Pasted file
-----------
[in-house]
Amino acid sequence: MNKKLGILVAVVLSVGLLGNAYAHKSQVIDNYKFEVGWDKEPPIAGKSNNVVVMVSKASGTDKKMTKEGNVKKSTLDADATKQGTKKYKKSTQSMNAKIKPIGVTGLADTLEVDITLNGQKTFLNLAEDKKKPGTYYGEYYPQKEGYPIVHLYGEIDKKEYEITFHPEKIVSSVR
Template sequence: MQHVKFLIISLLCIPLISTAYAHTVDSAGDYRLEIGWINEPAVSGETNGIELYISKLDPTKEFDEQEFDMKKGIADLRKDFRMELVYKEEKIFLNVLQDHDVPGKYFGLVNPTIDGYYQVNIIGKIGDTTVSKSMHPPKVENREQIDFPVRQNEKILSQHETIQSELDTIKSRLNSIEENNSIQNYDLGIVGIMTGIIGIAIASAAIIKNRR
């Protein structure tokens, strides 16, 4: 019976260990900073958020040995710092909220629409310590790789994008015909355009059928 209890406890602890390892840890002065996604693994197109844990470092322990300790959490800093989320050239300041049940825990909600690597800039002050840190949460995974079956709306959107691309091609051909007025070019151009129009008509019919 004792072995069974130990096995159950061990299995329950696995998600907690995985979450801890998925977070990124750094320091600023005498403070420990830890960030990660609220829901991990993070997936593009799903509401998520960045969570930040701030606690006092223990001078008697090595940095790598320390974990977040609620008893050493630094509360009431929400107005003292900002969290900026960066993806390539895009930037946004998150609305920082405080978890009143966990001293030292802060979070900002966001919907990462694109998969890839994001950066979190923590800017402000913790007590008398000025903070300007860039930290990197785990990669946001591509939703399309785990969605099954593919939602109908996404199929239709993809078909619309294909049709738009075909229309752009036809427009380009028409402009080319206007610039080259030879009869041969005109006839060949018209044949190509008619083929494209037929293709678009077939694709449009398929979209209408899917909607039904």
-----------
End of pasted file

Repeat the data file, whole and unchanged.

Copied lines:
[in-house]
Amino acid sequence: MNKKLGILVAVVLSVGLLGNAYAHKSQVIDNYKFEVGWDKEPPIAGKSNNVVVMVSKASGTDKKMTKEGNVKKSTLDADATKQGTKKYKKSTQSMNAKIKPIGVTGLADTLEVDITLNGQKTFLNLAEDKKKPGTYYGEYYPQKEGYPIVHLYGEIDKKEYEITFHPEKIVSSVR
Template sequence: MQHVKFLIISLLCIPLISTAYAHTVDSAGDYRLEIGWINEPAVSGETNGIELYISKLDPTKEFDEQEFDMKKGIADLRKDFRMELVYKEEKIFLNVLQDHDVPGKYFGLVNPTIDGYYQVNIIGKIGDTTVSKSMHPPKVENREQIDFPVRQNEKILSQHETIQSELDTIKSRLNSIEENNSIQNYDLGIVGIMTGIIGIAIASAAIIKNRR
């Protein structure tokens, strides 16, 4: 019976260990900073958020040995710092909220629409310590790789994008015909355009059928 209890406890602890390892840890002065996604693994197109844990470092322990300790959490800093989320050239300041049940825990909600690597800039002050840190949460995974079956709306959107691309091609051909007025070019151009129009008509019919 004792072995069974130990096995159950061990299995329950696995998600907690995985979450801890998925977070990124750094320091600023005498403070420990830890960030990660609220829901991990993070997936593009799903509401998520960045969570930040701030606690006092223990001078008697090595940095790598320390974990977040609620008893050493630094509360009431929400107005003292900002969290900026960066993806390539895009930037946004998150609305920082405080978890009143966990001293030292802060979070900002966001919907990462694109998969890839994001950066979190923590800017402000913790007590008398000025903070300007860039930290990197785990990669946001591509939703399309785990969605099954593919939602109908996404199929239709993809078909619309294909049709738009075909229309752009036809427009380009028409402009080319206007610039080259030879009869041969005109006839060949018209044949190509008619083929494209037929293709678009077939694709449009398929979209209408899917909607039904």